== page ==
From September 24, 1965, in Austin, Texas, Dylan toured the U.S. and Canada for six months, backed by the five musicians from the Hawks who became known as The Band. While Dylan and the Hawks met increasingly receptive audiences, their studio efforts foundered. Producer Bob Johnston persuaded Dylan to record in Nashville in February 1966, and surrounded him with top-notch session men. At Dylan’s insistence, Robertson and Kooper came from New York City to play on the sessions. The Nashville sessions produced the double album Blonde on Blonde (1966), featuring what Dylan called “that thin wild mercury sound”. Kooper described it as “taking two cultures and smashing them together with a huge explosion”: the musical world of Nashville and the world of the “quintessential New York hipster” Bob Dylan.
On November 22, 1965, Dylan quietly married 25-year-old former model Sara Lownds. Robertson has described how he received a phone call that morning to accompany the couple to a courthouse on Long Island, and then to a reception hosted by Albert and Sally Grossman at the Algonquin Hotel. Some of Dylan’s friends, including Ramblin’ Jack Elliott, say that, immediately after the event, Dylan denied he was married. Journalist Nora Ephron made the news public in the New York Post in February 1966 with the headline “Hush! Bob Dylan is wed.”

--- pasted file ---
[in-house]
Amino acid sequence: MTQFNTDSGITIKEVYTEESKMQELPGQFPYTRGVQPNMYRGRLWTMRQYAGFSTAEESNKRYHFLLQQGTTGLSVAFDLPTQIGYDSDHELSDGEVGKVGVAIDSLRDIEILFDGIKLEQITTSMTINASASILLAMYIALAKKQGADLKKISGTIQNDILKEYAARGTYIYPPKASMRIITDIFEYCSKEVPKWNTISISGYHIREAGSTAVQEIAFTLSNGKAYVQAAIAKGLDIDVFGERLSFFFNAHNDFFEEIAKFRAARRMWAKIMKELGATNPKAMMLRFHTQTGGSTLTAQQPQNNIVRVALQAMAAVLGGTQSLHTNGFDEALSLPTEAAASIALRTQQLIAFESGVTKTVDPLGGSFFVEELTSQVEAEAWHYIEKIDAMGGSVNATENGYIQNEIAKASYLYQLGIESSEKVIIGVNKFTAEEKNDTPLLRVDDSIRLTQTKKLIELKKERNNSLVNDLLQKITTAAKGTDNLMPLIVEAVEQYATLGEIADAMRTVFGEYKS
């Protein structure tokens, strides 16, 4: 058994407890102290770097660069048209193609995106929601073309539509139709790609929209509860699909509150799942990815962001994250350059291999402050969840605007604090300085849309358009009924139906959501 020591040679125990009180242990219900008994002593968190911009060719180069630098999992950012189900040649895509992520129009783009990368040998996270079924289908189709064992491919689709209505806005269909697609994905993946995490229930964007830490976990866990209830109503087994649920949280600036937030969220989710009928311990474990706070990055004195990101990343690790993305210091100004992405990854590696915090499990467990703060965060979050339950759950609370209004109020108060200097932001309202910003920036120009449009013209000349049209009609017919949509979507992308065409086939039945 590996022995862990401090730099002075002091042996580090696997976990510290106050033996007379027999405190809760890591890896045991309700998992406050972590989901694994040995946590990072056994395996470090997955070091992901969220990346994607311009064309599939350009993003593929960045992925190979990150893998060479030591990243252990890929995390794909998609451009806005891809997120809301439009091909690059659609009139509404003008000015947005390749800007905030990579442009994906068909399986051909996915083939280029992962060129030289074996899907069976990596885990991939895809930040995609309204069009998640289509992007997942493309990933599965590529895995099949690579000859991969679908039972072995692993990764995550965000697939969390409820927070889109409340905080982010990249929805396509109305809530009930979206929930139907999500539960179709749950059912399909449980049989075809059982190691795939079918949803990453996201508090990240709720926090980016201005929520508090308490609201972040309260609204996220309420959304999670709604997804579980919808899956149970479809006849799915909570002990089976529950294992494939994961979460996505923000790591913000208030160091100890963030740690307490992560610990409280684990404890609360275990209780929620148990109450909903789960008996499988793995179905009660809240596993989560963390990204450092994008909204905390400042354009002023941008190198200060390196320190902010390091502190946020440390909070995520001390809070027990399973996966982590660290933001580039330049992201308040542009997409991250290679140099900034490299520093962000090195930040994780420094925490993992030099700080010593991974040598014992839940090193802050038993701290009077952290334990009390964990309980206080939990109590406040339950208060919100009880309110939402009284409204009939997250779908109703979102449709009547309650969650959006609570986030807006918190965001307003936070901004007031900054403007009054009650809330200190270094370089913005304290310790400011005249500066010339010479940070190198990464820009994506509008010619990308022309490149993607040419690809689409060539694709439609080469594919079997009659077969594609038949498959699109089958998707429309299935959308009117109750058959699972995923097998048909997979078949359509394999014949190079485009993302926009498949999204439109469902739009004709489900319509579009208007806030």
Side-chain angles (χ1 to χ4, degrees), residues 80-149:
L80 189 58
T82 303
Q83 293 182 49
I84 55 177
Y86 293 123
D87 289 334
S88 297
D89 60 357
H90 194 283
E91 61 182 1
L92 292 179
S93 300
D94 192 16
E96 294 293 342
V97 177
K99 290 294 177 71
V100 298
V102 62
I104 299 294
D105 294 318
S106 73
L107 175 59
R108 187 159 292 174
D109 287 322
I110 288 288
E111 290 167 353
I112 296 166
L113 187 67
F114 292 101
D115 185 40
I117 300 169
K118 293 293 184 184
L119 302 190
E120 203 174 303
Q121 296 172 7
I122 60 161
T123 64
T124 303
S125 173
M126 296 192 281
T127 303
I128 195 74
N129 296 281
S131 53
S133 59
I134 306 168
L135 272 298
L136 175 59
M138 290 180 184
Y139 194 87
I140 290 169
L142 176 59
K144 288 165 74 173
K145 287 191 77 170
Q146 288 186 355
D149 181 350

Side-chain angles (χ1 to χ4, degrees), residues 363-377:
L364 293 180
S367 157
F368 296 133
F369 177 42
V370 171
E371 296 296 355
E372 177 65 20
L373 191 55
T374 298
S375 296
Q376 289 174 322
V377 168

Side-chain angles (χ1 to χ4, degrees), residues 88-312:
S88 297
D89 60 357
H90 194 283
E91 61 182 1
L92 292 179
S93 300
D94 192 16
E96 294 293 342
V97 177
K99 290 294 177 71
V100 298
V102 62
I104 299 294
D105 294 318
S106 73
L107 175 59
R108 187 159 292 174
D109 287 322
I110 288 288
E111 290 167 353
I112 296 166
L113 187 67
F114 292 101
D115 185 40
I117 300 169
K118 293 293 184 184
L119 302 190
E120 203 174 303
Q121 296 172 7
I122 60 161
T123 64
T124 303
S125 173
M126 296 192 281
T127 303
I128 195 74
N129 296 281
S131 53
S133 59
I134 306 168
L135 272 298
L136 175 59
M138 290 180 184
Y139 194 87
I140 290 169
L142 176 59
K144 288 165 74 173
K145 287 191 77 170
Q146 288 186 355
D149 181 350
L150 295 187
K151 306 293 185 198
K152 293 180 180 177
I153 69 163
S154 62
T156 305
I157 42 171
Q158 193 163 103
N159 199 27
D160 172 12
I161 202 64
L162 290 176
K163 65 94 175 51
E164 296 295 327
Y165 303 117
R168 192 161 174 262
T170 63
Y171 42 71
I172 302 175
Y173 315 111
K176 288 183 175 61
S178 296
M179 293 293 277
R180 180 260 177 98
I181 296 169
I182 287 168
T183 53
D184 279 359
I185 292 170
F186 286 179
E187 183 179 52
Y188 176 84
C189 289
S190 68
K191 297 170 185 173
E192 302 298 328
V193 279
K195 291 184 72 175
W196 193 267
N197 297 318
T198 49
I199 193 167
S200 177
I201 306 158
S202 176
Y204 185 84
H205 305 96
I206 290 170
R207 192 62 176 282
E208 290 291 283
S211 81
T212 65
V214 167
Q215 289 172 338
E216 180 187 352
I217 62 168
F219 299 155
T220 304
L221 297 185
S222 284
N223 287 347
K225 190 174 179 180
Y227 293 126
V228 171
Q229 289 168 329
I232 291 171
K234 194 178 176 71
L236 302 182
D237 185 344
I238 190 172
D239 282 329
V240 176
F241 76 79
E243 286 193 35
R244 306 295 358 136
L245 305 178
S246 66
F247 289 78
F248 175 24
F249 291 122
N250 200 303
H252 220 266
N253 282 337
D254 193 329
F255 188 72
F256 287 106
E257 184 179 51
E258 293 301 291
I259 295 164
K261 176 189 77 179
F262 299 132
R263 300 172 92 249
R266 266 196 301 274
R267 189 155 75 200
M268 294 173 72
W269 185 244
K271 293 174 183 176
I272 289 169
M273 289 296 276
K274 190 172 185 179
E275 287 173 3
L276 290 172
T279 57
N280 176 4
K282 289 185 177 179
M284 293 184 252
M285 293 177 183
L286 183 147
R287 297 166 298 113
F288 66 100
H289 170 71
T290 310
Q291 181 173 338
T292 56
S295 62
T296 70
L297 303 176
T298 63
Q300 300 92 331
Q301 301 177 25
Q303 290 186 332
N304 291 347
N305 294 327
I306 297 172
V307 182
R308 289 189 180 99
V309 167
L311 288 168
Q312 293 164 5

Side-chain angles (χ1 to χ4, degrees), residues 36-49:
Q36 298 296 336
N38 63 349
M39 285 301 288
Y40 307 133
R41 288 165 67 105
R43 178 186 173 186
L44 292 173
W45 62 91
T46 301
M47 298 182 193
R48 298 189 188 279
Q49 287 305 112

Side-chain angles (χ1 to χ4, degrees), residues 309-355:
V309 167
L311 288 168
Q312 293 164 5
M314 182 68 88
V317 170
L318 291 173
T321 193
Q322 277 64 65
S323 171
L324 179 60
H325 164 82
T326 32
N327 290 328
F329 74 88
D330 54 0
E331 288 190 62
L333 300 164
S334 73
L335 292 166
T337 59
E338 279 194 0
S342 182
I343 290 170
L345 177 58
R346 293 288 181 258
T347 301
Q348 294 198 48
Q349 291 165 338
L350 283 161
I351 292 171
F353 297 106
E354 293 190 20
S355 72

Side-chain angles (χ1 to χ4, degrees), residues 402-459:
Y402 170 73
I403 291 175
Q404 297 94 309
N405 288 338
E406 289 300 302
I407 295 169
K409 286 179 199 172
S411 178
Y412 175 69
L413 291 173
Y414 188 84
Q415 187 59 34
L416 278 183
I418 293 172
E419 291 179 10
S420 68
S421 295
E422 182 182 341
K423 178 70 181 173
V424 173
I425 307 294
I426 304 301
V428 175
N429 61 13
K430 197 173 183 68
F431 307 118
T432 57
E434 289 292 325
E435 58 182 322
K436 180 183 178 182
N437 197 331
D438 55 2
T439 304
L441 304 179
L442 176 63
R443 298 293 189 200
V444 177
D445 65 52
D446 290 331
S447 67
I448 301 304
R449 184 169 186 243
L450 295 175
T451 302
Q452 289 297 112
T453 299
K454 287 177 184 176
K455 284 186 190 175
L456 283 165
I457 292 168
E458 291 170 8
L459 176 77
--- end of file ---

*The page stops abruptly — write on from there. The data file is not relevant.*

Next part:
Dylan toured Australia and Europe in April and May 1966. Each show was split in two. Dylan performed solo during the first half, accompanying himself on acoustic guitar and harmonica. In the second, backed by the Hawks, he played electrically amplified music. This contrast provoked many fans, who jeered and slow handclapped. The tour culminated in a raucous confrontation between Dylan and his audience at the Manchester Free Trade Hall in England on May 17, 1966. A recording of this concert was released in 1998: The Bootleg Series Vol. 4: Bob Dylan Live 1966. At the climax of the evening, a member of the audience, angered by Dylan’s electric backing, shouted: “Judas!” to which Dylan responded, “I don’t believe you … You’re a liar!” Dylan turned to his band and said, “Play it fucking loud!” as they launched into the final song of the night—”Like a Rolling Stone”.